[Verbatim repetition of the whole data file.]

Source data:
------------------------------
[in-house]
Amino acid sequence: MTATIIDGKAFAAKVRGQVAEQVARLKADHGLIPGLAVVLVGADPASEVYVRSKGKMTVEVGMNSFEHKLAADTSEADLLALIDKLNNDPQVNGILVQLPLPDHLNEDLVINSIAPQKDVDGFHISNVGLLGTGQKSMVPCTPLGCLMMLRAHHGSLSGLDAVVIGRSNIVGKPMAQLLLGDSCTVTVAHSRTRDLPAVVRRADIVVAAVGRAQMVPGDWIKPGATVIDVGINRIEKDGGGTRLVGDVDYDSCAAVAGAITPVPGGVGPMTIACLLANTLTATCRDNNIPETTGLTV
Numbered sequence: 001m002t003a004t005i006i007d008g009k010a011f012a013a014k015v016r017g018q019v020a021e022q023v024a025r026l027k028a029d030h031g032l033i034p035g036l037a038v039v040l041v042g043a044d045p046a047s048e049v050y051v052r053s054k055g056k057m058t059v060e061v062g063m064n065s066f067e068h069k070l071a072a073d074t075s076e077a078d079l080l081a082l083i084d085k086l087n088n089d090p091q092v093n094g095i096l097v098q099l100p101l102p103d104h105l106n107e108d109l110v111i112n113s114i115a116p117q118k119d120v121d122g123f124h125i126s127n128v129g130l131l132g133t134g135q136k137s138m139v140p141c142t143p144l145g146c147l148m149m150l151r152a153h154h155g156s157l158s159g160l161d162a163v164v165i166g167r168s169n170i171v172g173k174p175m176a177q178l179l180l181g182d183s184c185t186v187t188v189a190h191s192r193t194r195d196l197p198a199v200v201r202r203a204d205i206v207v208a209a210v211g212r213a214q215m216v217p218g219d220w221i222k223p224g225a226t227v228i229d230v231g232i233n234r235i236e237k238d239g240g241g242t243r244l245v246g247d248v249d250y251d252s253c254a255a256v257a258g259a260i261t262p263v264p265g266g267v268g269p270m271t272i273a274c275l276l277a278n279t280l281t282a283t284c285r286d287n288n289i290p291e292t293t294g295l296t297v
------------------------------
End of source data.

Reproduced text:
[in-house]
Amino acid sequence: MTATIIDGKAFAAKVRGQVAEQVARLKADHGLIPGLAVVLVGADPASEVYVRSKGKMTVEVGMNSFEHKLAADTSEADLLALIDKLNNDPQVNGILVQLPLPDHLNEDLVINSIAPQKDVDGFHISNVGLLGTGQKSMVPCTPLGCLMMLRAHHGSLSGLDAVVIGRSNIVGKPMAQLLLGDSCTVTVAHSRTRDLPAVVRRADIVVAAVGRAQMVPGDWIKPGATVIDVGINRIEKDGGGTRLVGDVDYDSCAAVAGAITPVPGGVGPMTIACLLANTLTATCRDNNIPETTGLTV
Numbered sequence: 001m002t003a004t005i006i007d008g009k010a011f012a013a014k015v016r017g018q019v020a021e022q023v024a025r026l027k028a029d030h031g032l033i034p035g036l037a038v039v040l041v042g043a044d045p046a047s048e049v050y051v052r053s054k055g056k057m058t059v060e061v062g063m064n065s066f067e068h069k070l071a072a073d074t075s076e077a078d079l080l081a082l083i084d085k086l087n088n089d090p091q092v093n094g095i096l097v098q099l100p101l102p103d104h105l106n107e108d109l110v111i112n113s114i115a116p117q118k119d120v121d122g123f124h125i126s127n128v129g130l131l132g133t134g135q136k137s138m139v140p141c142t143p144l145g146c147l148m149m150l151r152a153h154h155g156s157l158s159g160l161d162a163v164v165i166g167r168s169n170i171v172g173k174p175m176a177q178l179l180l181g182d183s184c185t186v187t188v189a190h191s192r193t194r195d196l197p198a199v200v201r202r203a204d205i206v207v208a209a210v211g212r213a214q215m216v217p218g219d220w221i222k223p224g225a226t227v228i229d230v231g232i233n234r235i236e237k238d239g240g241g242t243r244l245v246g247d248v249d250y251d252s253c254a255a256v257a258g259a260i261t262p263v264p265g266g267v268g269p270m271t272i273a274c275l276l277a278n279t280l281t282a283t284c285r286d287n288n289i290p291e292t293t294g295l296t297v